Missile Defense:

Actions Needed to Improve Information for Supporting Future Key Decisions for Boost and Ascent Phase Elements

GAO-07-430: Published: Apr 17, 2007. Publicly Released: Apr 17, 2007.

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The Department of Defense (DOD) has spent about $107 billion since the mid-1980s to develop a capability to destroy incoming ballistic missiles. DOD has set key decision points for deciding whether to further invest in capabilities to destroy missiles during the initial phases after launch. In March 2006, DOD issued a report on these capabilities in response to two mandates. To satisfy a direction from the House Appropriations Committee, GAO agreed to review the report. To assist Congress in evaluating DOD's report and preparing for future decisions, GAO studied the extent to which DOD (1) analyzed technical and operational issues and (2) presented complete cost information. To do so, GAO assessed the report's methodology, explanation of assumptions and their effects on results, and whether DOD followed key principles for developing life-cycle costs.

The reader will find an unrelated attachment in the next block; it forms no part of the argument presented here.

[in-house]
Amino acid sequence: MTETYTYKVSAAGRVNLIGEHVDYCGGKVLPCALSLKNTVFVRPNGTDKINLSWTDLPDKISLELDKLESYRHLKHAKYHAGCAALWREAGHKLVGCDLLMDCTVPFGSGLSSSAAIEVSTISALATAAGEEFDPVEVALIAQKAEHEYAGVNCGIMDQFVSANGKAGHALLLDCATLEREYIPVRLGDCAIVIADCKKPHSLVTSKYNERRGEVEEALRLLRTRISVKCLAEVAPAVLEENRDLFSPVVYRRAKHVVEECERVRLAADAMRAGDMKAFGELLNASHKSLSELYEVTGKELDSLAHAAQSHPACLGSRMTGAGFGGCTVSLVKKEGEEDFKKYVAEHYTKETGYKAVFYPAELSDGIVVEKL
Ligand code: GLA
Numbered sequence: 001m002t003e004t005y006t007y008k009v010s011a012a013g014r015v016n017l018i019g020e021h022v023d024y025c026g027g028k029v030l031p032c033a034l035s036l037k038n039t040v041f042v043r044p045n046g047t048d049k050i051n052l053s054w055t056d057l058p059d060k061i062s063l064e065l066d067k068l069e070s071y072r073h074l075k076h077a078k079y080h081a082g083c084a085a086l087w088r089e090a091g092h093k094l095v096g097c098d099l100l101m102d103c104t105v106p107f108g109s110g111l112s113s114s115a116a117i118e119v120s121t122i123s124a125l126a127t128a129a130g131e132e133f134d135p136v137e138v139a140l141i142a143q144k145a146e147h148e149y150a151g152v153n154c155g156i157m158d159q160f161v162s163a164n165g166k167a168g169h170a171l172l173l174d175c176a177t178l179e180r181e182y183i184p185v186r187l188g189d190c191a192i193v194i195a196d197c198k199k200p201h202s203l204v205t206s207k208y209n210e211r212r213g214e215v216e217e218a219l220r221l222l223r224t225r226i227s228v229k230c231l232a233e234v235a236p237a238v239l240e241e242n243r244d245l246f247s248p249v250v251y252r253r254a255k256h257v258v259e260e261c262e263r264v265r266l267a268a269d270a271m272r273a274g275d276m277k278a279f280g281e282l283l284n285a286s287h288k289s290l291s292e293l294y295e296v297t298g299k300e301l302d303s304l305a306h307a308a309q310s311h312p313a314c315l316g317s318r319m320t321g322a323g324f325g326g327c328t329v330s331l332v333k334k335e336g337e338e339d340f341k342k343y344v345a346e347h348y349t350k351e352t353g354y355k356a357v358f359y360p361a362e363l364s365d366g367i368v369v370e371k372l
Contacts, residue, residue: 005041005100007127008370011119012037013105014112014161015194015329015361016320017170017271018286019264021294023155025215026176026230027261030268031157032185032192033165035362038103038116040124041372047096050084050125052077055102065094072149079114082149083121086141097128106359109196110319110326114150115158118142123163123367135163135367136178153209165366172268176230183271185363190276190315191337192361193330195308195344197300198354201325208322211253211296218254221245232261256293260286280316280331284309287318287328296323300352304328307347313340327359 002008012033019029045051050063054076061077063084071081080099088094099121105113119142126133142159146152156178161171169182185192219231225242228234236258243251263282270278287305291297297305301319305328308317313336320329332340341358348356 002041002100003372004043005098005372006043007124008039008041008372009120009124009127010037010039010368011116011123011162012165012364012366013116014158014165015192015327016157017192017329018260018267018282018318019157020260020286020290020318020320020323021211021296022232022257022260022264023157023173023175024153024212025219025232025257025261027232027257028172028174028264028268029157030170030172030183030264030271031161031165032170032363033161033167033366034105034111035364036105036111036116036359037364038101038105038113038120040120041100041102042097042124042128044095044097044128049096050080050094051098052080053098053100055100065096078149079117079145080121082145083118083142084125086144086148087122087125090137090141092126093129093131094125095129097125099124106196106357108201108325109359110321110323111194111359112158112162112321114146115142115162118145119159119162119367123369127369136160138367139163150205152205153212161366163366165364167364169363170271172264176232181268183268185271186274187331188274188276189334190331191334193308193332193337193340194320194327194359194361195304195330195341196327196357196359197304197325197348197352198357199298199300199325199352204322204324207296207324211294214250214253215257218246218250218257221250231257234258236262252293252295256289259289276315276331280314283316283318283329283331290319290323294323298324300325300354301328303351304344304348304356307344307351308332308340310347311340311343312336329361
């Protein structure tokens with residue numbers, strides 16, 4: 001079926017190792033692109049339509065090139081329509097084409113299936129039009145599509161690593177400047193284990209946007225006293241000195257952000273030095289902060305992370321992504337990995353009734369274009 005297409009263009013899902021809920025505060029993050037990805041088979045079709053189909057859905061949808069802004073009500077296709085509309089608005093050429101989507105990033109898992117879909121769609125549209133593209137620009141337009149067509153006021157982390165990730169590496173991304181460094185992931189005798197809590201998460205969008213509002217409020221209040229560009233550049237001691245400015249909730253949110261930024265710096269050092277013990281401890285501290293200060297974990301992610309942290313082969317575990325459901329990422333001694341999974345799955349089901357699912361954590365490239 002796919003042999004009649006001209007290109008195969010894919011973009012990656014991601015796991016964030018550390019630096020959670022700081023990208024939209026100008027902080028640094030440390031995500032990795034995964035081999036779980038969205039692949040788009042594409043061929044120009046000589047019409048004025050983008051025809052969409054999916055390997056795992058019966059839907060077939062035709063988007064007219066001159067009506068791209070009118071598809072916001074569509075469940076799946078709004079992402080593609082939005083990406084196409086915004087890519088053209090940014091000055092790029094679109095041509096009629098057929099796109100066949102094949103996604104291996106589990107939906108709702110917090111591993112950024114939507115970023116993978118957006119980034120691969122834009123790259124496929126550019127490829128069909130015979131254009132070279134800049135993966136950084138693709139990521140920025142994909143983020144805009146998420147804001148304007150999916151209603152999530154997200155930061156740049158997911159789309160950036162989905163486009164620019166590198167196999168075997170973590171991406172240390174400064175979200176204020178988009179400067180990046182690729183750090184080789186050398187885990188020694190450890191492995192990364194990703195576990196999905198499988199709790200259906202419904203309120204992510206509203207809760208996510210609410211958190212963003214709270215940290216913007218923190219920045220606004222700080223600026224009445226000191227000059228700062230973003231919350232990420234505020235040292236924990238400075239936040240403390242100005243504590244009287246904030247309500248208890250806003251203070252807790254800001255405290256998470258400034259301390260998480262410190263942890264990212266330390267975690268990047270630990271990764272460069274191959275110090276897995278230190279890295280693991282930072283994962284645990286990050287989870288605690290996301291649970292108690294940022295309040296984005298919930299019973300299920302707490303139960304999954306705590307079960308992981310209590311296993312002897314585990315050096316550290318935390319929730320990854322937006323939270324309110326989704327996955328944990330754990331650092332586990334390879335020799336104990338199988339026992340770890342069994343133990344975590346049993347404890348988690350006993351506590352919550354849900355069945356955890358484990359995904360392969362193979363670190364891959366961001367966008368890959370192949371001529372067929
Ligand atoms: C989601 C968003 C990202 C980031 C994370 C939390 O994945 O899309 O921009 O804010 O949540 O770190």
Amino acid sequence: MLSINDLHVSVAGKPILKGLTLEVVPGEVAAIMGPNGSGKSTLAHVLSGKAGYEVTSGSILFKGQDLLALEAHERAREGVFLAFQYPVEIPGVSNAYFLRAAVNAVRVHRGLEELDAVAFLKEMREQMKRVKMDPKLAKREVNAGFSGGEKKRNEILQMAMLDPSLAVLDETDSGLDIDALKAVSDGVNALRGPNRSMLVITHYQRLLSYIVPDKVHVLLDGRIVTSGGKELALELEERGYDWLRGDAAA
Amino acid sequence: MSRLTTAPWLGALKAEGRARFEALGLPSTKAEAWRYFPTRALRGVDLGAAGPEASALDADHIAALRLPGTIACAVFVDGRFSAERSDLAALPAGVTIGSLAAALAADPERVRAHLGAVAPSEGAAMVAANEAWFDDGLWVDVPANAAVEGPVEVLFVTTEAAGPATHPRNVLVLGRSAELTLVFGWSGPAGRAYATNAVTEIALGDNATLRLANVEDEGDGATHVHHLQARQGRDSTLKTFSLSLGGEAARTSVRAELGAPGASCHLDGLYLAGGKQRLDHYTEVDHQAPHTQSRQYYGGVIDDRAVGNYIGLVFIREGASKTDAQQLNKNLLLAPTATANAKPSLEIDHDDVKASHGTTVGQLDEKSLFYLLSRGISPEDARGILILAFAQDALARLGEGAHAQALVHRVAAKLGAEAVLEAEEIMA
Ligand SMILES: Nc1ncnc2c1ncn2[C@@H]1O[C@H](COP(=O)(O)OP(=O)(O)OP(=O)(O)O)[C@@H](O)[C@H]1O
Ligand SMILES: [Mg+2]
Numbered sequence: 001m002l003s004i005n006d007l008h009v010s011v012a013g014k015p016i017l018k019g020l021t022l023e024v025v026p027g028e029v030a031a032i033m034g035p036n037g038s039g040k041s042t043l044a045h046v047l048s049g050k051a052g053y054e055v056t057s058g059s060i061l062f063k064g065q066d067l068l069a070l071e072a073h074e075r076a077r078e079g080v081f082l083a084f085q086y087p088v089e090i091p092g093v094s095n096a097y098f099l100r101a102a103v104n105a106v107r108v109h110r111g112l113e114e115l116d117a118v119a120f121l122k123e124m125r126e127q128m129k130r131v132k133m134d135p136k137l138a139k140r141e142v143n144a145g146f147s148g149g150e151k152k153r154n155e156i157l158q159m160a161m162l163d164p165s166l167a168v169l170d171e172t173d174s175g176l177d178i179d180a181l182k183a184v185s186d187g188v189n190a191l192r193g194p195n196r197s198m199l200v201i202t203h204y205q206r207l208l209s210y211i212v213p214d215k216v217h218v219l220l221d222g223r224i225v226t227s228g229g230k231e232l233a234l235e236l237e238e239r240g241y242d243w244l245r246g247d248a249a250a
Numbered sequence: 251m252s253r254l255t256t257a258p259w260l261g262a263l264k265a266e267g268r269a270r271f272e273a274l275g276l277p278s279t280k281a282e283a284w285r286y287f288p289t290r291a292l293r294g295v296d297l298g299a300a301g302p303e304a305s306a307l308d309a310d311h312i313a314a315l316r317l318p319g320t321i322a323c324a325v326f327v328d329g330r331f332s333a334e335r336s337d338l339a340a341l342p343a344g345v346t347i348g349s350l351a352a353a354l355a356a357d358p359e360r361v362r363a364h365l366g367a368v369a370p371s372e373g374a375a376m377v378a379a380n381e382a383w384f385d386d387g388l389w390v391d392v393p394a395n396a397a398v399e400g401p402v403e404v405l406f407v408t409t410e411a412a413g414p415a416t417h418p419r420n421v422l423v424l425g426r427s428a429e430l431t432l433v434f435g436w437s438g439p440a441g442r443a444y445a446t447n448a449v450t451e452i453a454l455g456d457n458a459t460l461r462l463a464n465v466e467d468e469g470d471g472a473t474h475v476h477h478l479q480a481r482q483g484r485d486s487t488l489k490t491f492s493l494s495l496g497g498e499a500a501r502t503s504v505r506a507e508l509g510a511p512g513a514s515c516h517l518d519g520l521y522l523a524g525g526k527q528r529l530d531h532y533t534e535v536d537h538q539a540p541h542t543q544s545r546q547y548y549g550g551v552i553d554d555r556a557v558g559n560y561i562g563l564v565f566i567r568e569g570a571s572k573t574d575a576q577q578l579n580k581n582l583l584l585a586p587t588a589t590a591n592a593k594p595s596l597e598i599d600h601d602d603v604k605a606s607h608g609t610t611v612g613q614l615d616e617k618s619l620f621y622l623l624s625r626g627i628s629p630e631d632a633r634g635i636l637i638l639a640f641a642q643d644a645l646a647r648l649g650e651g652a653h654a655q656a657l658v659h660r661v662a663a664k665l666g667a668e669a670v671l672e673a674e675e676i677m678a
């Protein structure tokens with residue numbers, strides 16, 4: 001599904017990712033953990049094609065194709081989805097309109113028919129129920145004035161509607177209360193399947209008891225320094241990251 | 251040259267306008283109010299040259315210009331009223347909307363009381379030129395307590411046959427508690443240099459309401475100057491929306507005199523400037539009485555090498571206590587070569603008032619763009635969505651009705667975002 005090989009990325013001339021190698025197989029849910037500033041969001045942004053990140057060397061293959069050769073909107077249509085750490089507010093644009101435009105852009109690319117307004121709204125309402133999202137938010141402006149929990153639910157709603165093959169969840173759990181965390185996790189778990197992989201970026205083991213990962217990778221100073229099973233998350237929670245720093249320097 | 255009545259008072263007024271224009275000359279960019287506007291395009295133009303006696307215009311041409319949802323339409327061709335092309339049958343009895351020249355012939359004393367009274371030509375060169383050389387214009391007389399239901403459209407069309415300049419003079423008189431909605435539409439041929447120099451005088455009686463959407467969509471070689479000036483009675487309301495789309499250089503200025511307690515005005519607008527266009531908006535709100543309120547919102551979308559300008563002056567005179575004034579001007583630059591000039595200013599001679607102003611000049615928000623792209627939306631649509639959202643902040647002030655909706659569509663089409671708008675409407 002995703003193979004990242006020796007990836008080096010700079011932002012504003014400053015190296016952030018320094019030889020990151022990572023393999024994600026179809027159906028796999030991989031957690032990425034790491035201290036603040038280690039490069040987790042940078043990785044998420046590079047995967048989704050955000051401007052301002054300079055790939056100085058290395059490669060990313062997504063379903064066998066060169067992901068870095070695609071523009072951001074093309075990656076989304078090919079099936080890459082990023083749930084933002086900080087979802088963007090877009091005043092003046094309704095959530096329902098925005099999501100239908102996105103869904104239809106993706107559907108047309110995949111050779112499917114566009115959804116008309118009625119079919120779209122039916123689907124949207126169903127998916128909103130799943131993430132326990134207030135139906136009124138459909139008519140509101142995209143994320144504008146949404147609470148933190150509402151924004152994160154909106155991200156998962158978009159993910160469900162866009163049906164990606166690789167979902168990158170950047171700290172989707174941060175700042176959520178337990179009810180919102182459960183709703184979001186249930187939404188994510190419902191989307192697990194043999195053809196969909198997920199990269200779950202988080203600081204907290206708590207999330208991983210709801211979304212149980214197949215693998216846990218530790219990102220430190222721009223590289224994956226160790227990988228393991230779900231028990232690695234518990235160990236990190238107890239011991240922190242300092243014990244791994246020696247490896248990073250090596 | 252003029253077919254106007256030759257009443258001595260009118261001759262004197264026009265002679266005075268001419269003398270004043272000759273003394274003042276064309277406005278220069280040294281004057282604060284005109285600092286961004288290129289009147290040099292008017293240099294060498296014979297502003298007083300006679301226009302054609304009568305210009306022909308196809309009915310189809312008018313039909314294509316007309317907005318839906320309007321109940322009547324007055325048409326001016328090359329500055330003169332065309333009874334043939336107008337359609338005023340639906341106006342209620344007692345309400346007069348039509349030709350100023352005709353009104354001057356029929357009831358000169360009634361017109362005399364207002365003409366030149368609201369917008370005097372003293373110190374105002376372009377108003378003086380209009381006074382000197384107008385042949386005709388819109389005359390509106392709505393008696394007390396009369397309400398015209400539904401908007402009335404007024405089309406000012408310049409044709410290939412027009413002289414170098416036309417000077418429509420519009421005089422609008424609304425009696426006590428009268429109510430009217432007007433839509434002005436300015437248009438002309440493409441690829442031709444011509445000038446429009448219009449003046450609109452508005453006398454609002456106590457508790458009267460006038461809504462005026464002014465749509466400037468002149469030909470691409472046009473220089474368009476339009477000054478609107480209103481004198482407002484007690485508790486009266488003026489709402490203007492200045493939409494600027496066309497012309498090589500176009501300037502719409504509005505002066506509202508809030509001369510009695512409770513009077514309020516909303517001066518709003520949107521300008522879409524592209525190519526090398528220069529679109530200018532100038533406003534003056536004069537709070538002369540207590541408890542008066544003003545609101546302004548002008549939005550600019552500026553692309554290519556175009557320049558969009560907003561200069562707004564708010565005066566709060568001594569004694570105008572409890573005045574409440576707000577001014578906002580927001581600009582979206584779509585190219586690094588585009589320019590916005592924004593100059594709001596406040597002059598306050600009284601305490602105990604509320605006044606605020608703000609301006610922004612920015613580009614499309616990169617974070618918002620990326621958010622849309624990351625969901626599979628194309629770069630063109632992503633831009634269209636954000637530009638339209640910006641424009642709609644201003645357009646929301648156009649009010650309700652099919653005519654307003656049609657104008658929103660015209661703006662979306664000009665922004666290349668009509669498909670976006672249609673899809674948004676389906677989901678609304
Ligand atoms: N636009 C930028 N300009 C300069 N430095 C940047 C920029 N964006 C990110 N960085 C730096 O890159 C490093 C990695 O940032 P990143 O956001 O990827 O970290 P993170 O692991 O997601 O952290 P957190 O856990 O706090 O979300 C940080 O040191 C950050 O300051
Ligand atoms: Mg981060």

The report DOD's Missile Defense Agency (MDA) submitted to Congress in March 2006 included some useful technical and operational information on boost and ascent phase capabilities by describing these elements, listing upcoming decision points, and discussing geographic areas where boost and ascent elements could intercept missiles shortly after launch. However, the information in the report has several limitations because the analysis did not involve key DOD stakeholders such as the services and combatant commands in preparing the report and did not clearly explain modeling assumptions and their effects on results as required by relevant research standards. MDA's report states that, at this time, some data is limited, and operational concepts that discuss operations from forward locations have not been fully vetted with the services and combatant commands. However, the report did not explain how each element's performance may change if developing technologies do not perform as expected. Also, it did not address the challenges in establishing bases at the locations cited or provide information on the quantity of each element required for various deployment periods. Moving forward, DOD has an opportunity to involve stakeholders in analyzing operational and technical issues so that senior DOD and congressional leaders will have more complete information on which to base upcoming program decisions following key tests in 2008 and 2009 for the Kinetic Energy Interceptor and Airborne Laser boost and ascent phase programs. MDA's report provided some cost estimates for developing and fielding boost and ascent phase capabilities, but these estimates have several limitations and will require refinement before they can serve as a basis for DOD and congressional decision makers to compare life-cycle costs for the elements. MDA's report states that there is uncertainty in estimating life-cycle costs because the elements are early in development. However, based on a comparison of the estimates in the report with key principles for developing life-cycle cost estimates, GAO found that MDA's estimates did not include all cost categories, including costs to establish and sustain operations at U.S. bases and at forward overseas operating locations. Also, MDA's estimates did not calculate costs based on realistic quantities of each element the combatant commanders or services would need to conduct the mission. Finally, MDA did not conduct a sensitivity analysis to assess the effect of key cost drivers on total costs. MDA officials stated that further analysis of the costs for each element along with measures to assess their confidence would help to better inform DOD and congressional decision makers in making investment decisions following key tests in 2008 and 2009.